Again, we see the term dy/dx indicating that we are solving for the derivative of a function y with respect to x – the dependent variable is y.

The second step is to determine if there are any terms in the given differential equation that include variables other than y or non-zero constant coefficients – there is 3x + 1.

Therefore, we can conclude that the original equation is a nonhomogeneous differential equation because it contains a forcing function.

###### 3: 3dy/dx – y = sin(x)

What is the dependent variable? y

Are there any terms that include any other variables or non-zero constants? Yes, sin(x)

This is a nonhomogeneous differential equation because it contains a forcing function.

###### 4: y’’ + 4y’ + 4y – 3e^x = 0

What is the dependent variable? y

Are there any terms that include any other variables or non-zero constants? Yes, – 3e^x

This is a nonhomogeneous differential equation because it contains a forcing function.

###### 5: y’’ + 4y’ = -4y

What is the dependent variable? y

Are there any terms that include any other variables or non-zero constants? No

This is a homogeneous differential equation because it does not contain any forcing functions.

###### 6: ds/dt – s^3 = 0

What is the dependent variable? s

Are there any terms that include any other variables or non-zero constants? No

This is a homogeneous differential equation because it does not contain any forcing functions.

###### 7: d^2y/dx^2 + y = x^2

What is the dependent variable? y

Are there any terms that include any other variables or non-zero constants? Yes, x^2

This is a nonhomogeneous differential equation because it contains a forcing function.

###### 8: d^2y/dx^2 = 4dy/dx – 4y

What is the dependent variable? y

Are there any terms that include any other variables or non-zero constants? No

This is a homogeneous differential equation because it does not contain any forcing functions.

###### 9: dy/dx + y^2 = 0

What is the dependent variable? y

Are there any terms that include any other variables or non-zero constants? No

This is a homogeneous differential equation because it does not contain any forcing functions.

###### 10: dy/dx – x^3 + y^2 – z^2 = 0

What is the dependent variable? y

Are there any terms that include any other variables or non-zero constants? Yes, -x^2 and -z^2

This is a nonhomogeneous differential equation because it contains a forcing function.

## Why you need to identify NonHomogeneous Differential Equations fast

There are many reasons why students are struggling to pass the FE Exam.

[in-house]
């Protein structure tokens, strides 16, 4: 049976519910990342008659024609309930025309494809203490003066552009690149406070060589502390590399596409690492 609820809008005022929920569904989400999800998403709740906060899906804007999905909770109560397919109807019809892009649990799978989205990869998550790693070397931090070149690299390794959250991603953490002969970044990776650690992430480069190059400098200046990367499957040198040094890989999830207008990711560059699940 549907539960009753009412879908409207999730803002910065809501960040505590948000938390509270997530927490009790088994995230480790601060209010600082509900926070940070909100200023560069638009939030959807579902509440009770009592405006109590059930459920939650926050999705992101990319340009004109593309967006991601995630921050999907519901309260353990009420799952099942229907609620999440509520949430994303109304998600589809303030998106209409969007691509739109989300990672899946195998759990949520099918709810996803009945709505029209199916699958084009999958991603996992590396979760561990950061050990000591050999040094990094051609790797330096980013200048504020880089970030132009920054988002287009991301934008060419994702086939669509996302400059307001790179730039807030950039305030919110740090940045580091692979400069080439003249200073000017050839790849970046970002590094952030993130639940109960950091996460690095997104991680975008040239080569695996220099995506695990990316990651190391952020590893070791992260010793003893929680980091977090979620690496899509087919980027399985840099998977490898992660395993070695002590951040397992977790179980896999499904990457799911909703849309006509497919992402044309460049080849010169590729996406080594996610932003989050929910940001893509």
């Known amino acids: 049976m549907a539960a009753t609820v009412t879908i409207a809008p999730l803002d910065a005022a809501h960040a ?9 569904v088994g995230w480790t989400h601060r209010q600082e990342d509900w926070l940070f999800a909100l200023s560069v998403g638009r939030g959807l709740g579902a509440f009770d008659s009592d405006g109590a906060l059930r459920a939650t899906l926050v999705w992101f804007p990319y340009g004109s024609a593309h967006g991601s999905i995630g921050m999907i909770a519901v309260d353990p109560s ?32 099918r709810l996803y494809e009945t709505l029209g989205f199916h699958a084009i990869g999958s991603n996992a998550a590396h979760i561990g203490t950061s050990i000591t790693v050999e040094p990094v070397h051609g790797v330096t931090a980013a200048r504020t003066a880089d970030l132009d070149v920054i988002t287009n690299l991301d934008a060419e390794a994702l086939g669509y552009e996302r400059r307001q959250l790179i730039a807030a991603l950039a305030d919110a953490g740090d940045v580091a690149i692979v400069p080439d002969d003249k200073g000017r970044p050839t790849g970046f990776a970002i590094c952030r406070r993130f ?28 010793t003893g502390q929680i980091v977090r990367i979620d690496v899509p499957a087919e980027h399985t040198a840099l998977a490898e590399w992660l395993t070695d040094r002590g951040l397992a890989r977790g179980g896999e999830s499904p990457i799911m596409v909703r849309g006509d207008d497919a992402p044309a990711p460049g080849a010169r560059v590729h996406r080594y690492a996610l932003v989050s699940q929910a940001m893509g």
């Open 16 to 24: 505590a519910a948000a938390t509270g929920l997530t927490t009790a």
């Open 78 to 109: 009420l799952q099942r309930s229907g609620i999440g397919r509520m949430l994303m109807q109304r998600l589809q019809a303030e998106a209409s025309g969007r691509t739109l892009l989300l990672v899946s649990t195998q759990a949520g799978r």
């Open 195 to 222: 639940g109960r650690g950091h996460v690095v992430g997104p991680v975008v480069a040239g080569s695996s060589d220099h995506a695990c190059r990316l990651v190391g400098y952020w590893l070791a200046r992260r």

From how they prep and structure their days to the specification they choose to tackle.

But when it comes down to performing on exam day, it doesn’t matter how well you prepared if you aren’t able to manage the time you are given.

The concepts on the FE Exam are wide ranging and require quick, yet deep thinking – unfortunately, for many engineers, deep thinking often leads to over thinking.

If we aren’t able to identify the types of problems we are being presented quickly and efficiently, we are significantly reducing our chances of success on the FE Exam.

This is something we can’t allow.

Without a doubt, you will see nonhomogeneous differential equations on your exam, question is, **will you know what you are looking at?**

We believe you will, if you remember these two simple questions:

- What is the dependent variable?
- Are there terms that include any other variables or non-zero constants?

If the answer to this second question is *yes*, then you are looking at a nonhomogeneous differential equation – it’s now time to solve it.

## What’s the next step?

If you feel you have **wasted time** trying to study *but haven’t moved the needle* any closer to passing the FE Exam.

If you feel you are **just guessing** on what needs to be done *instead of having a clear picture* on what it will take.

If you feel **passing the FE is far past your capabilities.**

Then know this.

Passing the FE Exam shouldn’t be a mystery.

Sadly though, many are doubting that they can get it done, and in turn, *are giving up on themselves and their careers.*

I don’t want that to be you – if I offered to show you a system that has worked for thousands in your same shoes, *would you take it?*